A Midsummer Night's Dream

Muritai School Yard, Eastbourne, Wellington

27/02/2007 - 03/03/2007

NZ Fringe Festival 2007

Production Details

by William Shakespeare
directed by Florence McFarlane

A Bard in the Yard presentation by Butterfly Creek Theatre Troupe

A fine cast has been assembled with people mastering their lines from the deep south to Hawaii.

The lovers are well past their first flush of youth but with age comes the return to teenage angst, and love (with the ability to fall into it but the inability to act on it) never dies.

It is fitting therefore that this version of Shakespeare’s popular comedy A Midsummer Night’s Dream is set in the Athens Retirement Home where feelings are close to the surface and the attachments formed between residents adds to the woes of the staff and visiting professionals.

The Occupational Therapist Miss Titania battles against the seemingly insurmountable odds of drugs, disability and desperation to keep things on an even keel.

Added to this is the stress on the day-to-day staff who, while having few skills, are called upon to entertain their charges on top of caring for their basic needs.

Dr Oberon has some drugs he is anxious to try out and he is aided and abetted in this by his sidekick Puck who is up for anything any time.  Do-gooders come in to entertain in various ways and with various levels of skill.

Be prepared to laugh, cry, dance, sing along, or just watch and enjoy.

Theatre ,

2 hours

Sheer delight

Review by Ewen Coleman [Reproduced with permission of Fairfax Media] 06th Mar 2007

The two plays of Shakespeare that are most associated with youth are Romeo and Juliet and A Midsummer Night’s Dream and so to have the latter set in a rest home where the majority of the characters are in their dotage, as they are in Butterfly Creek Theatre Troupes current Bard-In-The-Yard production seems a most unusual approach.  Yet surprisingly this works exceptionally well showing that elderly folk regressing into second child hood can be as fanciful and romantic as adolescents.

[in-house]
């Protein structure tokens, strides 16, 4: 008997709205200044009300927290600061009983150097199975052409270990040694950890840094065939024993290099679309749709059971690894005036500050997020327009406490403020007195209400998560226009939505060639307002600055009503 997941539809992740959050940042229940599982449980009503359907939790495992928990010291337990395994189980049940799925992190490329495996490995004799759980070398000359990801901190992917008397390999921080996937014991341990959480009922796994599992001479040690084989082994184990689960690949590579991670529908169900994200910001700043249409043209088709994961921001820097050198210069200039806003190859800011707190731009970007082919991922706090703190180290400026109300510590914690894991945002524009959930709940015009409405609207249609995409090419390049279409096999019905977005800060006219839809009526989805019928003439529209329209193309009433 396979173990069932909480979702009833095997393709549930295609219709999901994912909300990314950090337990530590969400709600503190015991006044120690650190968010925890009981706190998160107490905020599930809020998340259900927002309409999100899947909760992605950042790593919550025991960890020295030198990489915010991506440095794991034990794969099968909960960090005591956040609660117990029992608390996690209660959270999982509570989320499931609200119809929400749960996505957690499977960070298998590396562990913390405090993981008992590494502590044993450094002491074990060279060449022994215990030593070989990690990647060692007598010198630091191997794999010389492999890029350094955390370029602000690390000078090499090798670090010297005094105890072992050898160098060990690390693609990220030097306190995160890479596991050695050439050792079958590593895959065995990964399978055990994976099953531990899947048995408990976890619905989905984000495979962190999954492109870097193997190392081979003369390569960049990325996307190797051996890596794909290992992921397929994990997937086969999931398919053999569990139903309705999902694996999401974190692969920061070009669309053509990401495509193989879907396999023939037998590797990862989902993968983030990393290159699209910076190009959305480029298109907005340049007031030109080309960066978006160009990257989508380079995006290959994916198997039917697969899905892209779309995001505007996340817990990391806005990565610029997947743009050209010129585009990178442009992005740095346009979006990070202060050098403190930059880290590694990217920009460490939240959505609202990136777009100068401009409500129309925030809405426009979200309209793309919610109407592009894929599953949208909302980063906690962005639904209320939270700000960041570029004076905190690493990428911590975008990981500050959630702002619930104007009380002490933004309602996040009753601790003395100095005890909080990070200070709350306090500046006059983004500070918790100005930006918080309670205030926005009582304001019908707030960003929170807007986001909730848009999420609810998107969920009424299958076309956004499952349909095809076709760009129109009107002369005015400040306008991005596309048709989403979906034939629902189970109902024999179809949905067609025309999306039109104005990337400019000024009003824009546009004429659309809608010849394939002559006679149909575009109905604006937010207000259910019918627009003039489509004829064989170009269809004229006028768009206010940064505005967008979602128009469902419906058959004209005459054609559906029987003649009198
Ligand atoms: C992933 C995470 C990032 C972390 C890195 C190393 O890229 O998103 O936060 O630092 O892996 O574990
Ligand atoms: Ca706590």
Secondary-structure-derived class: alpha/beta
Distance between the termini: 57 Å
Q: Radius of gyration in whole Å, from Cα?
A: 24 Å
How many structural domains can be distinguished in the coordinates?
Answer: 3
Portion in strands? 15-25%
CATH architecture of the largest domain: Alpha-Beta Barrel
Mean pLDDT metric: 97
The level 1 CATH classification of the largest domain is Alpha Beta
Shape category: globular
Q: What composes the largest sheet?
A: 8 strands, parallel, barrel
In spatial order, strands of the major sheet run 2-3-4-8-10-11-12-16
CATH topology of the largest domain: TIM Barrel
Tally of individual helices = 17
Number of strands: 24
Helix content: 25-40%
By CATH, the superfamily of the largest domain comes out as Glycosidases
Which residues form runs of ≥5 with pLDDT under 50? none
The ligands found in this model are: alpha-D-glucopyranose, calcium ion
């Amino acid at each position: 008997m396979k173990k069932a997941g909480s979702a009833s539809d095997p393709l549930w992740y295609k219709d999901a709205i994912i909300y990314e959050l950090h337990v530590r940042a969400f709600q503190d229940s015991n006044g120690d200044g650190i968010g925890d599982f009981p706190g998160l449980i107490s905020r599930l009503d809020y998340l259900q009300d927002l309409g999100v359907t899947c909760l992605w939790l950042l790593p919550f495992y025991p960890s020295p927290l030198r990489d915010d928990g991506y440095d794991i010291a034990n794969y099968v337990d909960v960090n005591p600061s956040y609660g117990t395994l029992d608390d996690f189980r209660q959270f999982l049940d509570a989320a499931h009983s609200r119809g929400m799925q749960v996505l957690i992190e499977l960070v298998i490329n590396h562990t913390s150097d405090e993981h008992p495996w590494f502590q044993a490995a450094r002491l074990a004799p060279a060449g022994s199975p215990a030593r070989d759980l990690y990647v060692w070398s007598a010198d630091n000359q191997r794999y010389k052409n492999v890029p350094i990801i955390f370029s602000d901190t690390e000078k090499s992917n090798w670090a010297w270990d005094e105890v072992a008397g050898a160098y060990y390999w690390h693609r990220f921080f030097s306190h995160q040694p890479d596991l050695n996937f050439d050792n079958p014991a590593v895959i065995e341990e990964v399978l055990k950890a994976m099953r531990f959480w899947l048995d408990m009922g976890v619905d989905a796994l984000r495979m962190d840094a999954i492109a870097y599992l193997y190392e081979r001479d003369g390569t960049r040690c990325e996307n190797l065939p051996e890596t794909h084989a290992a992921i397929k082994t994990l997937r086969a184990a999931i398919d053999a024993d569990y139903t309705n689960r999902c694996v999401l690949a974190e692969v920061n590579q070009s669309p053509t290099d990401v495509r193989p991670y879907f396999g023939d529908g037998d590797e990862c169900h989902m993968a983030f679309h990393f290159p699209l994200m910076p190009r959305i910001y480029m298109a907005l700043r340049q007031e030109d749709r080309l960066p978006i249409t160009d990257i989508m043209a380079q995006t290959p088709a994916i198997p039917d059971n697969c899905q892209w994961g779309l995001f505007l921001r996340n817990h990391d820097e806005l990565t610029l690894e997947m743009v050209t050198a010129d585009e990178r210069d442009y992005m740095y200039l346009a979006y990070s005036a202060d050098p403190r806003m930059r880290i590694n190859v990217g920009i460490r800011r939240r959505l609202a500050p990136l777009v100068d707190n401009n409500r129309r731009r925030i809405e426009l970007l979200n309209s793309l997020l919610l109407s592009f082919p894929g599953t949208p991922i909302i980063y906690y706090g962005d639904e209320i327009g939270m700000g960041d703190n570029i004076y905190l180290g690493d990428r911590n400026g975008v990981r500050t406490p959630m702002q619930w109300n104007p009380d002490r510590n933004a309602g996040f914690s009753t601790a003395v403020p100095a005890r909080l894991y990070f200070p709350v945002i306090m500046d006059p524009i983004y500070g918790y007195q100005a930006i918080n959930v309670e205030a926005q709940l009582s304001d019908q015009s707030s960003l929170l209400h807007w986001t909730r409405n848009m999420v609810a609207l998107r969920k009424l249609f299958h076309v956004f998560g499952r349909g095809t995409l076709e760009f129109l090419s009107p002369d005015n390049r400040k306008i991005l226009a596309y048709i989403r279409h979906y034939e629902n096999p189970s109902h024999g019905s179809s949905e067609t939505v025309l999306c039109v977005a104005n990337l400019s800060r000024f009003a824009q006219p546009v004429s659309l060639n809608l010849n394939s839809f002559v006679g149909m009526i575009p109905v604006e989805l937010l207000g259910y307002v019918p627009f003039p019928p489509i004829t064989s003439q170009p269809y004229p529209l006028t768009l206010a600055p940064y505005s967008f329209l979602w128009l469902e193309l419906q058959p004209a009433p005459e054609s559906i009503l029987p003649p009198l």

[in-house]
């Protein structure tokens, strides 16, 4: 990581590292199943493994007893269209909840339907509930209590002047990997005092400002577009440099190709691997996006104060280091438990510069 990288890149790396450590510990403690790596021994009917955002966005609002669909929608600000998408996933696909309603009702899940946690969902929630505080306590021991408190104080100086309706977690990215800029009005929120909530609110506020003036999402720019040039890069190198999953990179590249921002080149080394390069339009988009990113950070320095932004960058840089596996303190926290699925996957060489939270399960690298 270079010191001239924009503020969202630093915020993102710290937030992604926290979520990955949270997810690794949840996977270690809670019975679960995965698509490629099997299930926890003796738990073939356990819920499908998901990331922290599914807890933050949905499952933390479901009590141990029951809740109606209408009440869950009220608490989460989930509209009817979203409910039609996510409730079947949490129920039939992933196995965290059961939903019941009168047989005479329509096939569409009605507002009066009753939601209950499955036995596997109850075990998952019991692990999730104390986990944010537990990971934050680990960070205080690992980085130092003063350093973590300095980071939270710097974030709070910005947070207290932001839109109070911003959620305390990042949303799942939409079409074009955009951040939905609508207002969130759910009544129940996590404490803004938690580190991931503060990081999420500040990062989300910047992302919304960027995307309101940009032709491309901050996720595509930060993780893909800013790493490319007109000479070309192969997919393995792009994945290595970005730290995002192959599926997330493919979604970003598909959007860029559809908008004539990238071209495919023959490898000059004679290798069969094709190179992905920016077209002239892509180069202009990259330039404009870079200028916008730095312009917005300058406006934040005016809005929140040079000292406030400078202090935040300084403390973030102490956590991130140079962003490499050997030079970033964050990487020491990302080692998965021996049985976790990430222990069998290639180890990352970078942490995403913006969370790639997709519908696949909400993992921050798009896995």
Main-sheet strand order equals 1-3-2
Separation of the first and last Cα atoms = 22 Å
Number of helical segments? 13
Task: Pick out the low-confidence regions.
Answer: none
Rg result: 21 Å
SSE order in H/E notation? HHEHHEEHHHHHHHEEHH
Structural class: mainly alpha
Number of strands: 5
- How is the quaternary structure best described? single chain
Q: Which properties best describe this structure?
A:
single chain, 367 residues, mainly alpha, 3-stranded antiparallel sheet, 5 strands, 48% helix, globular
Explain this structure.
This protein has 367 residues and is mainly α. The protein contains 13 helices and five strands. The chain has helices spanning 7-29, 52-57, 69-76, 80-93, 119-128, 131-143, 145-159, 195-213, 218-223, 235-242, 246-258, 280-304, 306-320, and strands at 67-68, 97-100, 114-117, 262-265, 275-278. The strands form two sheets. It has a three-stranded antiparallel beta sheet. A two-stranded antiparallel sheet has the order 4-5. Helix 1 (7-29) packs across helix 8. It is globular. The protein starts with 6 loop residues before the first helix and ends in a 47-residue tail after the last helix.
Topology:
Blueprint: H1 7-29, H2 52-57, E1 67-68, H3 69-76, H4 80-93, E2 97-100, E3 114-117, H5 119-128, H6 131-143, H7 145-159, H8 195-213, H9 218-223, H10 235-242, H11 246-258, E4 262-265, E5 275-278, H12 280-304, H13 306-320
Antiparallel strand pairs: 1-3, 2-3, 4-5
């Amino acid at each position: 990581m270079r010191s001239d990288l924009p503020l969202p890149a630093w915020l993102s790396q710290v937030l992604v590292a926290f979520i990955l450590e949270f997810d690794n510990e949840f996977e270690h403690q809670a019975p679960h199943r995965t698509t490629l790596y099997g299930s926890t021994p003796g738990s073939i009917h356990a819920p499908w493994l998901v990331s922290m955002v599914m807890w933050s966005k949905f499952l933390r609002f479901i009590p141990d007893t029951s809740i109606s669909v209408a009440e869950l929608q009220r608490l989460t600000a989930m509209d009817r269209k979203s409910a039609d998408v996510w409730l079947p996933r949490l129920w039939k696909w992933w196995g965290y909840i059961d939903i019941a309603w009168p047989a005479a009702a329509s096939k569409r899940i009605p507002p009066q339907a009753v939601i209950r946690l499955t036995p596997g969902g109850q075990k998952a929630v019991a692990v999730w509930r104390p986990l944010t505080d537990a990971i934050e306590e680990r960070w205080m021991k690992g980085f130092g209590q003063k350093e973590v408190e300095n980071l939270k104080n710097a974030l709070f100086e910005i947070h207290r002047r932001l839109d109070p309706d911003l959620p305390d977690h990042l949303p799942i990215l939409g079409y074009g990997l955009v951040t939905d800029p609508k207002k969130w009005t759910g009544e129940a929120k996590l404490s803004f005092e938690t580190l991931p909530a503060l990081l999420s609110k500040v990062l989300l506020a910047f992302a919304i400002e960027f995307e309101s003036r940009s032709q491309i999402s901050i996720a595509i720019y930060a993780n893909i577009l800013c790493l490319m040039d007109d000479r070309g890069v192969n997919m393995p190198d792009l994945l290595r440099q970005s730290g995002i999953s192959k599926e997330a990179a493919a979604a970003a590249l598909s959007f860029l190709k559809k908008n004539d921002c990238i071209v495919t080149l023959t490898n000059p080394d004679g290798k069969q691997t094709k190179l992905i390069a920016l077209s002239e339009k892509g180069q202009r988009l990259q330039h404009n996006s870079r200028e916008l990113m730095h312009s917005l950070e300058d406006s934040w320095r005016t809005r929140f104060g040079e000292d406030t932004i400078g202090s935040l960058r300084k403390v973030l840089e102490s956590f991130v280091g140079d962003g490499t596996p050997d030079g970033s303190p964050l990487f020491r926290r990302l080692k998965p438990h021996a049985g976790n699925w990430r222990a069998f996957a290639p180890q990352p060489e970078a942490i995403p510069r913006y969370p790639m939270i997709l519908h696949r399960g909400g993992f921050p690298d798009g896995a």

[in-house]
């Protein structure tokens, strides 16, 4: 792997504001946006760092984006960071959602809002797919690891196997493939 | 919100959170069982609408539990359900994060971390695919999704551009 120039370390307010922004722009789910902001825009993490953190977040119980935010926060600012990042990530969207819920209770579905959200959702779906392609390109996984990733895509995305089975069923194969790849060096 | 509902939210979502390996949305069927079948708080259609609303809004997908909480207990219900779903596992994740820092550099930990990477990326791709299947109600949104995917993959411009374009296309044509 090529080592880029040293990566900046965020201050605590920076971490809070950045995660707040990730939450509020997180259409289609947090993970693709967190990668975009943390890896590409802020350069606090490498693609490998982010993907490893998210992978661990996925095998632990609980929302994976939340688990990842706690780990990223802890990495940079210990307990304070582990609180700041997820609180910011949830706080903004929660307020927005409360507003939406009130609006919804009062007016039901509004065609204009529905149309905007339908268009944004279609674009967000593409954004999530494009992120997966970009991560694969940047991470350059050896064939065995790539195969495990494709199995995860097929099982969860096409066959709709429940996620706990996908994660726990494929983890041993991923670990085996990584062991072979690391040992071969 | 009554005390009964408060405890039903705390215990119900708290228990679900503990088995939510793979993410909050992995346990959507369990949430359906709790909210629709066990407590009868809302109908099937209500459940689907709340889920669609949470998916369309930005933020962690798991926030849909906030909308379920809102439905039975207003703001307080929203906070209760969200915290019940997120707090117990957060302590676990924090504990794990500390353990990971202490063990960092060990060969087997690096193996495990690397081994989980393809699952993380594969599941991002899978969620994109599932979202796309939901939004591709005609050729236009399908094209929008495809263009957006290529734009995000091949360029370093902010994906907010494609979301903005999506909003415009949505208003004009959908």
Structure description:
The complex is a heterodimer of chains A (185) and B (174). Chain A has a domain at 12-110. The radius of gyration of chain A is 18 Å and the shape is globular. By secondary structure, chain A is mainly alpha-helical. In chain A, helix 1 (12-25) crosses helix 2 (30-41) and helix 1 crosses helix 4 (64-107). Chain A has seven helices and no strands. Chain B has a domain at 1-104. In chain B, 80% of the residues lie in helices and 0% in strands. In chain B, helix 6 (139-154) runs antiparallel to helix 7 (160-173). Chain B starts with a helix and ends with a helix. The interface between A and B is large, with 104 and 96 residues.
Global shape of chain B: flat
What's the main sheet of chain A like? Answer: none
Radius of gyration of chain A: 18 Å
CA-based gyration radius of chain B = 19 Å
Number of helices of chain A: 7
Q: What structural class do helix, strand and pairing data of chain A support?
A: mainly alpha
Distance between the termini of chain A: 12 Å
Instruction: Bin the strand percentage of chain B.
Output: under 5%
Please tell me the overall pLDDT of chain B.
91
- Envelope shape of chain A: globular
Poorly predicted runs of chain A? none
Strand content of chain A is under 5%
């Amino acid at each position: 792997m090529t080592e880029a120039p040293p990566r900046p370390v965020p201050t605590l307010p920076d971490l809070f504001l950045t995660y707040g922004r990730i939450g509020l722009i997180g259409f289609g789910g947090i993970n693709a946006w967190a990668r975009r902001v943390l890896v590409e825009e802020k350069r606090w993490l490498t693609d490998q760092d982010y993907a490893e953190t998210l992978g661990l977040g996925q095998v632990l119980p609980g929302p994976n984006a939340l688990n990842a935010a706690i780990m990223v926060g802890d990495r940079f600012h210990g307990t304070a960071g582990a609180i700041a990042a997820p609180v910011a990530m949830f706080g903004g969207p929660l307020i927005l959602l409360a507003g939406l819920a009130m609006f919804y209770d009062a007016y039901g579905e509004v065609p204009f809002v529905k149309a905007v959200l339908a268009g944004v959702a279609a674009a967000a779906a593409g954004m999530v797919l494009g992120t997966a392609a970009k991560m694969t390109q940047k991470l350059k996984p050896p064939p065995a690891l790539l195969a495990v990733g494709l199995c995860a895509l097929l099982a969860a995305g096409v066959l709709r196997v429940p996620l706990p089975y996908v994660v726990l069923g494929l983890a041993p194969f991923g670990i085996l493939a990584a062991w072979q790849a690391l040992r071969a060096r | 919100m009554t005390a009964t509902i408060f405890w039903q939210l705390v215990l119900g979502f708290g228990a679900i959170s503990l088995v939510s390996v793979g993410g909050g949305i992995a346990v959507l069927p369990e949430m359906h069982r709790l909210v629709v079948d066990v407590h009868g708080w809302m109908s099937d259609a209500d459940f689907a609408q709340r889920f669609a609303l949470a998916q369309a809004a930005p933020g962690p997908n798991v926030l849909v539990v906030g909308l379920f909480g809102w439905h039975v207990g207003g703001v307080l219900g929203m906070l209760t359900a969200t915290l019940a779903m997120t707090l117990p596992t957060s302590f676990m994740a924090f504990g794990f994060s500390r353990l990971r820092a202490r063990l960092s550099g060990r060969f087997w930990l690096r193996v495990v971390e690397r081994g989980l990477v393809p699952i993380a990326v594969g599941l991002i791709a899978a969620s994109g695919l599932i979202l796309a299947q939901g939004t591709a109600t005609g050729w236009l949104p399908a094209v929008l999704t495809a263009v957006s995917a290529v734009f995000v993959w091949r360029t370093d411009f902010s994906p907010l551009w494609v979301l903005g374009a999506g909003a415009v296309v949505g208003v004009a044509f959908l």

In this instance Theseus (David Geldhill), the owner of the Athena Villas Retirement Centre, is about to be betrothed to the Head Nurse Hippolyta (Kat Angus).  However before the nuptials can begin and much to the annoyance of Egeus, the chief Social Worker (Sandra Gillespie) four of the residence elope to the native bush behind the rest home. First Hermia (Sue Jones) trots off in her zimmer frame with Lysander (Jerry Duckor) on his walking stick in hot pursuit. Then Demetrius (Peter Baldock), a little more sprightly, chases after these two with Helena (Fran Baldock), having done her early morning palates, chasing him. 

At the same time a group of workmen are putting together a play for Theseus’s wedding – Pyramus And Thisbe – while nearby Dr Oberon (Will Clannachan) is dispensing happy pills to his young intern Puck (Theo Nettleton) as a way of persuading him to help the doctor in his advances on the Occupational Therapist Titania (Alex Cooper). 

From here the play follows very much Shakespeare’s original, although in a rather pared down version, with lots of mayhem and confusion until all the lovers are finally reconciled and attend the marriage of Theseus and Hippolyta and the entertaining but highly exaggerated performances of the workers play.